Appeal from a grant of summary judgment by the United States District Court for the District of Connecticut, (M. Joseph Blumenfeld, Judge, holding that Connecticut may require an interstate debt collection agency to obtain a license as a condition of collecting debts from residents of Connecticut by phone or by mail. Conn. Gen. Stat. Ann. §§ 42-127-42-133a (West Supp. 1982). Affirmed.
Before LUMBARD, CARDAMONE and WINTER, Circuit Judges.
Allied Bond and Collection Agency ("Allied") brought this action against the Banking Commissioner of Connecticut in the District Court for the District of Connecticut, Blumenfeld, Judge, seeking declaratory and injunctive relief against the enforcement of Conn. Gen. Stat. Ann. §§ 42-127-42-133a (West Supp. 1982). Allied claimed that this legislation, which requires the licensing of, and otherwise regulates, interstate debt collection agencies is unconstitutional. Judge Blumenfeld granted summary judgment for the Commissioner. We affirm.
Allied is a consumer collection agency located in Pennsylvania. It claims to collect debts on behalf of its clients from debtors located in all 50 states and in several United States territories and foreign countries. Allied has no offices, employees, or property in Connecticut and seeks to collect outstanding debts from Connecticut and debtors solely through mail and telephone communications. From 1978 through 1981, Allied had approximately 14,580 accounts in Connecticut on which it collected some $576,415.
Until 1981, Allied's clients included several major oil companies, notably Atlantic Richfield Oil Company (ARCO), Mobil Oil Corporation and Shell Oil Company. In recent years, six Connecticut residents have complained to the Banking Commissioner about Allied's collection activities. Four of the complaints received concerned Mobil, ARCO, and Shell. The Banking Commissioner contacted these companies and informed them that Conn. Gen. Stat. Ann. § 42-131a (b) prohibited creditors from engaging the services of a collection agency which had not obtained a license in Connecticut. That section states in part:
No creditor shall retain, hire, or engage the services . . . of any person who engages in the business of a consumer collection agency and who is not licensed to act as such by the commissioner, if such creditor has actual knowledge that such person is not licensed . . .
As a result, the three oil companies ceased to engage Allied with respect to debtors located in Connecticut, thereby reducing Allied's volume of Connecticut accounts by more than 50 percent.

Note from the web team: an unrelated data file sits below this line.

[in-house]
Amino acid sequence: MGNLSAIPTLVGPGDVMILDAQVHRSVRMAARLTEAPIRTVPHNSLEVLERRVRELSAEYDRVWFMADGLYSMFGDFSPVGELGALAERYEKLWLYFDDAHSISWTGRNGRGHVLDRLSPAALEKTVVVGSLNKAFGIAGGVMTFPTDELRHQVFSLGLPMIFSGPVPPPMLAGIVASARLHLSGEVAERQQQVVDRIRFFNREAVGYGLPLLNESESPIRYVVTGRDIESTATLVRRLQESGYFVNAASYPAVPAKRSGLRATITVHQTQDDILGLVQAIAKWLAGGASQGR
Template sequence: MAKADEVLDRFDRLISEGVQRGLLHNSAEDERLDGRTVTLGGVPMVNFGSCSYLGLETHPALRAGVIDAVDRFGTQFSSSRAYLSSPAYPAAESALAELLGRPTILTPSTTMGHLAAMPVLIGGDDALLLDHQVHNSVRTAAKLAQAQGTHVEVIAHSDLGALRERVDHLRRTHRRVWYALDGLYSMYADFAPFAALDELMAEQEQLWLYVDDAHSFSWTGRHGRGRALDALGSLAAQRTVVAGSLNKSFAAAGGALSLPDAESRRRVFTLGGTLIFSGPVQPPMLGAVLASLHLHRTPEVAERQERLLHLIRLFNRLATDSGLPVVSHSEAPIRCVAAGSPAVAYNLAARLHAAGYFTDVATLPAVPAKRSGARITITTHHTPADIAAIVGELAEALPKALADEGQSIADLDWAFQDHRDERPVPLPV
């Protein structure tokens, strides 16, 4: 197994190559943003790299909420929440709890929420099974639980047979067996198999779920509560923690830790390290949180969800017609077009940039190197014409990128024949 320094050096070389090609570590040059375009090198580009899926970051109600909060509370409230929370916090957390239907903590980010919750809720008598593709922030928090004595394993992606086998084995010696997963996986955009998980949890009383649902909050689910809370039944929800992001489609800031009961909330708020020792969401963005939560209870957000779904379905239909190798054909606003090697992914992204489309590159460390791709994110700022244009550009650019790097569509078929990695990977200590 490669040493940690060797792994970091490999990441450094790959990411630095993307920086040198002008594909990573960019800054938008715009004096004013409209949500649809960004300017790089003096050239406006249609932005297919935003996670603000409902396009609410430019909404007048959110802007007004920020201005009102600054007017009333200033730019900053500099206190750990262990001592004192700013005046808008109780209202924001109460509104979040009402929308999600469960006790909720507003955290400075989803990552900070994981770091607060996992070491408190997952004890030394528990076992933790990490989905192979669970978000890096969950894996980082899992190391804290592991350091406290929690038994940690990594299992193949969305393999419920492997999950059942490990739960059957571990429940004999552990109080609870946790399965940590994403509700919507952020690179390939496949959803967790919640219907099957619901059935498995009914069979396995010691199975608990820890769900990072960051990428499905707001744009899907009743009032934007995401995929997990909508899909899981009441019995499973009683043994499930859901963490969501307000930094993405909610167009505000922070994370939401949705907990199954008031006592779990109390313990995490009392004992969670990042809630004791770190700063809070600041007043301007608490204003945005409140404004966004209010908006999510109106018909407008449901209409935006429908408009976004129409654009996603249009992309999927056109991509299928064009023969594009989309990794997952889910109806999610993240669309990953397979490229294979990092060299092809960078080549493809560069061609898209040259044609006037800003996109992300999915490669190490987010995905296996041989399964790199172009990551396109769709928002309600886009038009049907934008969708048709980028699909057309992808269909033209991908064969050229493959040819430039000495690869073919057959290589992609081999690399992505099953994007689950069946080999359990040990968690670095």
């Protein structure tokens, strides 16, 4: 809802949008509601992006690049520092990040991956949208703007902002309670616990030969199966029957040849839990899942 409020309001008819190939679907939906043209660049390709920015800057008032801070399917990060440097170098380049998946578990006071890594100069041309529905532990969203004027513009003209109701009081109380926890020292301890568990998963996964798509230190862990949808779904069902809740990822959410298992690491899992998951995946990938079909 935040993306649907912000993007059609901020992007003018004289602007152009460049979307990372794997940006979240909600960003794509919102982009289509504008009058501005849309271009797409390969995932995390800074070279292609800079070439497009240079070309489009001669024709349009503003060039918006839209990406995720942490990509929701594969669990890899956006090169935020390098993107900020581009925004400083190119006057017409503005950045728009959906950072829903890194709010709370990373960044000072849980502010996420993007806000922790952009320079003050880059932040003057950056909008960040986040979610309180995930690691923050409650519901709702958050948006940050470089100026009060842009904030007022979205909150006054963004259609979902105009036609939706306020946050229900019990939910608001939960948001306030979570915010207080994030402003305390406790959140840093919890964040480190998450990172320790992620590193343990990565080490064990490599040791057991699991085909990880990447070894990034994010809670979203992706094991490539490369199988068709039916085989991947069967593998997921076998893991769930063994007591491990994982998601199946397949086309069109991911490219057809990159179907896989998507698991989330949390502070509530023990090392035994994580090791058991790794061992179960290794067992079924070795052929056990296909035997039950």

On September 14, 1981, the Commissioner issued a Notice of Hearing ordering Allied to appear and to show cause why it should not be ordered to cease and desist from continuing its business without obtaining a license pursuant to Conn. Gen. Stat. Ann. § 42-127a(a), which reads:
No person shall act within this state as a consumer collection agency, unless such person holds a license . . . from the commissioner . . . A consumer collection agency is acting within this state if it . . . (2) has its place of business located outside this state and collects from consumer debtors who reside within this state for creditors whose place of business is located within this state; or (3) has its place of business located outside this state and regularly collects from consumer debtors who reside within this state for creditors whose place of business is located outside this state.
Allied, which does not contest its status as a "consumer collection agency," raised a constitutional challenge to the licensing requirement at the administrative hearing but the hearing examiner declined to consider it. Thereafter, Allied filed this action in the district court seeking a declaration that section 42-127a(a) was unconstitutional on its face and as applied and an injunction against the enforcement of section 42-127a(a) and section 42-131a(b), to the extent the latter might be enforced against Allied's clients. The district court granted the Commissioner's motion for summary judgment and dismissed Allied's complaint. This appeal followed.We affirm.
The regulatory scheme of the Connecticut consumer debt collection statute is not complex. Section 42-127a(a) prohibits any person from acting as a consumer collection agency within the state without having first obtained a license from the Banking Commissioner. In order to obtain a license, the debt collection agency must submit a written application, accompanied by a sworn financial statement, aggregate fees of $250, and evidence that the applicant is "of good moral character and financially responsible." Conn. Gen. Stat. Ann. § 42-127a. The Commissioner is empowered to examine a collection agency's books and records in aid of the licensing determination or the enforcement of other aspects of the statutory scheme. An applicant must also post a bond of $5,000 to ensure ...